Loading... Please wait...


Posted by BEC on

The Titolo label, which has become known as a benchmark for the ageability of aglianico wines, one of Italy’s oldest old but largely undiscovered varietals, may never have existed if it weren’t for a last minute ‘shot to the heart’ of winemaker Elena Fucci.

In 2000, the Fuccis were considering selling the picturesque vineyards the family had tended for four generations and that surrounded the house Elena grew up in, at the foot of the ancient volcano Mount Vulture in Contrada Solagna del Titolo in Southern Italy. They’d been purchased in the 1960s by grandfather Generoso and were tended by him and his father, selling most of the grapes after harvest and keeping only enough to produce a little wine for personal consumption.

But Elena’s parents were school teachers and she and her siblings were set to move away from home to study, so the family decided to sell up. There was no shortage of interest but when a sale was imminent, Elena had that fortuitous ‘shot to the heart’.

‘I could not bear the idea that someone may take away from our family the vineyard that I grew up in or accept the possibility that another name may do something great with the oldest vineyards on Mount Vulture.’

So she changed her plans and began studying oenology with the full support of her father Salvatore, who it seemed had secretly harboured the same dream for some time, and was himself well versed in agronomy and everything else that would be needed to start their new venture.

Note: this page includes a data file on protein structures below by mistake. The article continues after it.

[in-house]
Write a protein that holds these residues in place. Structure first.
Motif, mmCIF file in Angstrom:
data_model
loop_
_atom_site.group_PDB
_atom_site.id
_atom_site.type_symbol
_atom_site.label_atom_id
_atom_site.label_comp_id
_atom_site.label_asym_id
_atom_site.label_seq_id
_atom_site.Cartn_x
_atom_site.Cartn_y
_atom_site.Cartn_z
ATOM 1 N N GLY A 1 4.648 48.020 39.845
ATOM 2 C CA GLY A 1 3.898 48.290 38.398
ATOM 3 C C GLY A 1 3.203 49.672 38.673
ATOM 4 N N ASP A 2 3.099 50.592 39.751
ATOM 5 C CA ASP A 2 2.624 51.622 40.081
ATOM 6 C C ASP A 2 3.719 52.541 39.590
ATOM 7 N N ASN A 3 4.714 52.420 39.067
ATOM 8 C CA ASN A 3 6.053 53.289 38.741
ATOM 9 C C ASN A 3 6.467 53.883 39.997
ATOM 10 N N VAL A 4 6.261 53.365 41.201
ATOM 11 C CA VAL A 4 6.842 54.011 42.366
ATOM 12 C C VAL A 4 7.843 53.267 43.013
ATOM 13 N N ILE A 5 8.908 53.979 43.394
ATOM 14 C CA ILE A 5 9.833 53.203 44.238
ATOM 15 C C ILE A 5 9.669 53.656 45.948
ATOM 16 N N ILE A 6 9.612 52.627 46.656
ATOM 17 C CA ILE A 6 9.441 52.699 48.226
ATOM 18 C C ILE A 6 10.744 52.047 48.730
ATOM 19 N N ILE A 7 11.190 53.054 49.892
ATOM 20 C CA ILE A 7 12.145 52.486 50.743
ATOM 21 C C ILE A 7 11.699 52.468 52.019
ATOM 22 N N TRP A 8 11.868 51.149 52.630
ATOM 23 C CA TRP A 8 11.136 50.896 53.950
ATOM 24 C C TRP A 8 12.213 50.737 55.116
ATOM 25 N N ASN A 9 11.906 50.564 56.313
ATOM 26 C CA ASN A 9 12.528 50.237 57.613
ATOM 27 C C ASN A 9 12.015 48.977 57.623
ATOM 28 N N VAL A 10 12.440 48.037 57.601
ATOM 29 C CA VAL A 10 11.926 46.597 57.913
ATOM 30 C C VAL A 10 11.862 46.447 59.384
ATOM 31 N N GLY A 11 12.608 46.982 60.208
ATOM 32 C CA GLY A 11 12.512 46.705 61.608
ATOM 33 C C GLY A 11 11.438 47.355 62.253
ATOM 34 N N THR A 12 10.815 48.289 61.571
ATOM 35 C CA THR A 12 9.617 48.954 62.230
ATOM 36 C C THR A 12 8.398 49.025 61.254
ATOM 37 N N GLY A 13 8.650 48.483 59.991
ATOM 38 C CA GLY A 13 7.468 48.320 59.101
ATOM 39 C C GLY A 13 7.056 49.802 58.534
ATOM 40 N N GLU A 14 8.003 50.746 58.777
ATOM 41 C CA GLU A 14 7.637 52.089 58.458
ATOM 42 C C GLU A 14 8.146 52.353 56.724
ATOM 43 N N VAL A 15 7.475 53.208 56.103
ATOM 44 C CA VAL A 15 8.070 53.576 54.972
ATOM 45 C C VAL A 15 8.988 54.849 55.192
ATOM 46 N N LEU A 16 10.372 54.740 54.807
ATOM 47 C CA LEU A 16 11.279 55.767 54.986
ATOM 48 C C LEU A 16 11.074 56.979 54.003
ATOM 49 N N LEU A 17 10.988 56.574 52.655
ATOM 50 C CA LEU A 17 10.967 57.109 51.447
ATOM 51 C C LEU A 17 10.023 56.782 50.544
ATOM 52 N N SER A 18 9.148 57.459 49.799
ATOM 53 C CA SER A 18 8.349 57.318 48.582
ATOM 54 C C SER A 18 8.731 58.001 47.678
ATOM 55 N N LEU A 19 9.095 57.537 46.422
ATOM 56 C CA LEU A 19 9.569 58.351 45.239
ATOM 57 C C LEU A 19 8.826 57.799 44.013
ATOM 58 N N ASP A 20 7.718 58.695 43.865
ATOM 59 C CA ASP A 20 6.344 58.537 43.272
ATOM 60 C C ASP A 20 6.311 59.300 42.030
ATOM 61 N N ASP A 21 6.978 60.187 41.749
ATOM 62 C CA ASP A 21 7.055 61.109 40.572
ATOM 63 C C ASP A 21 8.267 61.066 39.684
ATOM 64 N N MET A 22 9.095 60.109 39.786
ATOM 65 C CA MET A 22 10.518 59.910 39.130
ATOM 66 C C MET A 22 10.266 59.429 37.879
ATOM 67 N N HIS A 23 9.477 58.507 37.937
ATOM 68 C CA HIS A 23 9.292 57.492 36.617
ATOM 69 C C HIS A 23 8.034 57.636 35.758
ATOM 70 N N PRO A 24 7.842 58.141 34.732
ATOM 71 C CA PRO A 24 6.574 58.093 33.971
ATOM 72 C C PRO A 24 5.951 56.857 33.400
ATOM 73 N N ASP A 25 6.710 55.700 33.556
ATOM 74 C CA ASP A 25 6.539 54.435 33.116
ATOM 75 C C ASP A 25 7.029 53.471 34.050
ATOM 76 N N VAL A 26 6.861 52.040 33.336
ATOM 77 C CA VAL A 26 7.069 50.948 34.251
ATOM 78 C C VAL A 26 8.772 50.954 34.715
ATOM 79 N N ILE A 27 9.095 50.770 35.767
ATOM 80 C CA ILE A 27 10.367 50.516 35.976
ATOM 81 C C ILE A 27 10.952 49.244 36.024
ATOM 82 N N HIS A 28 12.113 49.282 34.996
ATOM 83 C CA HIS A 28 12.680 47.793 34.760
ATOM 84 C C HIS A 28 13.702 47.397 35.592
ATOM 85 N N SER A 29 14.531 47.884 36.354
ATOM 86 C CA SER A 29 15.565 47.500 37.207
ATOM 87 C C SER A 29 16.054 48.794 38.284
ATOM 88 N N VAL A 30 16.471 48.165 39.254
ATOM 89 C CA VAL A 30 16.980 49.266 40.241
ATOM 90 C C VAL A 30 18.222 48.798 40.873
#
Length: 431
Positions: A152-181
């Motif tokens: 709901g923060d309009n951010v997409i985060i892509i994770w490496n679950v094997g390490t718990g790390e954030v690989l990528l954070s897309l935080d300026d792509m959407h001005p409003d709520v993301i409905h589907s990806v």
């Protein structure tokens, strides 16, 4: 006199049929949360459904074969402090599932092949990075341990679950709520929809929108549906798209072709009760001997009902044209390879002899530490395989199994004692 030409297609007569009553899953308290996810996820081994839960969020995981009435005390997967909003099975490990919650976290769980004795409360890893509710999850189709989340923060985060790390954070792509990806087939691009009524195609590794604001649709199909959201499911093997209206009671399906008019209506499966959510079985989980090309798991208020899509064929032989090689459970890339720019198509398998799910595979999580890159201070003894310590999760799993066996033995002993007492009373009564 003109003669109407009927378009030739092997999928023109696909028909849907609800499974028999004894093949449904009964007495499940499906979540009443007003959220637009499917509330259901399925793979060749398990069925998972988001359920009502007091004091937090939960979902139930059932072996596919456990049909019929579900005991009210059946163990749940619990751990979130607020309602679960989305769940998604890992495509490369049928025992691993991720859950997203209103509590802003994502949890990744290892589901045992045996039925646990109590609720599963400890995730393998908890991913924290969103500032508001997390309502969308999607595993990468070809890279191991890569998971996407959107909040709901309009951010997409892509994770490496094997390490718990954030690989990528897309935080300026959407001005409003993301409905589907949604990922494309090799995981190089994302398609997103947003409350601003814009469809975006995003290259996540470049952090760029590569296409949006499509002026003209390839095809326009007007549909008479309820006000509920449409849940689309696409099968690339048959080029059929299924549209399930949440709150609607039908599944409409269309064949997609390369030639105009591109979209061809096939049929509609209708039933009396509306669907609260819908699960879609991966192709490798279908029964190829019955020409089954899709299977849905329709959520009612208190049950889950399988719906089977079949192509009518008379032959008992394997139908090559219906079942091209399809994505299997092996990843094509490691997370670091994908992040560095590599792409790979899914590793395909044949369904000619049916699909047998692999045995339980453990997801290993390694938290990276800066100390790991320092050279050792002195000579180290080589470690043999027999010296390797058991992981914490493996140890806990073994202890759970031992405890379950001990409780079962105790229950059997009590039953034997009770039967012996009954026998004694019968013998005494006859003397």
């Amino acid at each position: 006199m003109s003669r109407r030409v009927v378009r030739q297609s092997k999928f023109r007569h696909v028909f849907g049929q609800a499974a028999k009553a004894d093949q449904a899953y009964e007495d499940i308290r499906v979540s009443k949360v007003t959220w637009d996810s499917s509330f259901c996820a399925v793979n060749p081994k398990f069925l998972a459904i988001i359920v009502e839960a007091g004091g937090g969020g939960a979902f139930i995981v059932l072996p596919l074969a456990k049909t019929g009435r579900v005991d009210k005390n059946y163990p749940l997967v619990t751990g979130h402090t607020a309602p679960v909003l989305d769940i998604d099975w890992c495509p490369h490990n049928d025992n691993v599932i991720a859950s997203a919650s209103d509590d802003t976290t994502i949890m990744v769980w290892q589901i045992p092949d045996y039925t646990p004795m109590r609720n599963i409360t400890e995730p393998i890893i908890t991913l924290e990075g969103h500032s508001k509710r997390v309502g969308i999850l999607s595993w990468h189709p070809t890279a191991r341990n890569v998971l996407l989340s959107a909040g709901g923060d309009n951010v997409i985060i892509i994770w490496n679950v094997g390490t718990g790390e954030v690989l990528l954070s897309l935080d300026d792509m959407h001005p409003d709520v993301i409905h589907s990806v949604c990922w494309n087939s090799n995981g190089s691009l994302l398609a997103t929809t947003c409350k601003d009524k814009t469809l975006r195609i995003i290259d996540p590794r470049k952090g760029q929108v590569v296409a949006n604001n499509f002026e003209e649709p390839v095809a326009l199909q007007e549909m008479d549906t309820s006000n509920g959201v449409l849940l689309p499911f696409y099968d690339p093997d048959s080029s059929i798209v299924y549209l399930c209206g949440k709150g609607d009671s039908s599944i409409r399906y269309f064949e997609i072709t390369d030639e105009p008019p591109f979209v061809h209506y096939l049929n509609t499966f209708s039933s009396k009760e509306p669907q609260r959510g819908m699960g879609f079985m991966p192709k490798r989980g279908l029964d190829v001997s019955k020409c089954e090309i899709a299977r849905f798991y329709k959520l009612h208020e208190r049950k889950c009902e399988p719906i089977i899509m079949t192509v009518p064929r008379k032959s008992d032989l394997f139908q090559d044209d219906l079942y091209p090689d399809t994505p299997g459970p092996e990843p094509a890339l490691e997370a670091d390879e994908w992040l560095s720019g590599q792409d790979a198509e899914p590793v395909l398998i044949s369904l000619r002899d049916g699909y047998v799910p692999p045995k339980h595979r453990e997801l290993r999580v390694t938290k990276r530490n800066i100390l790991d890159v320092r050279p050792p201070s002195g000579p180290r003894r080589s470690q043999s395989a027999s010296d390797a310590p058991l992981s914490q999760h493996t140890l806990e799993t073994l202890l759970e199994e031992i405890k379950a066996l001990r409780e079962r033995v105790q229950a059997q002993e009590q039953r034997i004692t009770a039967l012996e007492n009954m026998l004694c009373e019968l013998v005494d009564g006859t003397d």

And so Titolo (named after the local volcanic terroir) came to life in 2000, that first vintage coinciding with the completion of Elena’s studies. Initially the Fuccis were assisted by an external consultant, but by 2004 they had taken control of all facets of the winery.

‘The choice from the beginning, without any regret, was to stake everything on a single label, the Titolo, envisioning it as a high quality, first class wine or cru,’ said Elena. ‘A unique wine to best represent the characteristics of the aglianico grape and the territory of the Vulture, where the particular mix of microclimate and terroir transmits to our wine one of the best and most unique expressions of this fabulous area .’

Her interpretation of the territory has been described by industry insiders as ‘modern but not modernist’. ‘Modern for being able to understand the real needs of the aglianico variety in terms of maturation and ageing,’ she explains, ‘but always without changing the characteristics of the fruit that the vineyard yields in this wonderful corner of Italy. Not to mention the history of my family, the knowledge that has been passed down from past generations, who had this craft and art in their blood.’

‘The work we do in the vineyard, as I always say to my grandfather, is not only viticulture, it is also the art of gardening and in this way we are able to provide so much care to our vines. A complete respect for nature and its cycles without the use of chemicals; even the vines are tied up with broom fibres that are dried during the summer.’

And that dedication, and the strategy to stick to a single wine, has certainly paid off. In her recent vertical tasting of an entire Titolo retrospective, acclaimed wine critic Monica Larner for eRobertParker.com didn’t score any of the wines under 90 points. ‘To say I was impressed is an understatement,’ praised Larner. ‘Elena is a beacon of hope and a symbol of the greatness that can be achieved in this forgotten land: The proverbial diamond in the rough. She lays the groundwork for confidence in the longevity of Aglianico del Vulture.’

We offer the 2011 vintage of the Titolo.  This received 92 points from Robert Parker.


Subscribe to our mailing list

* indicates required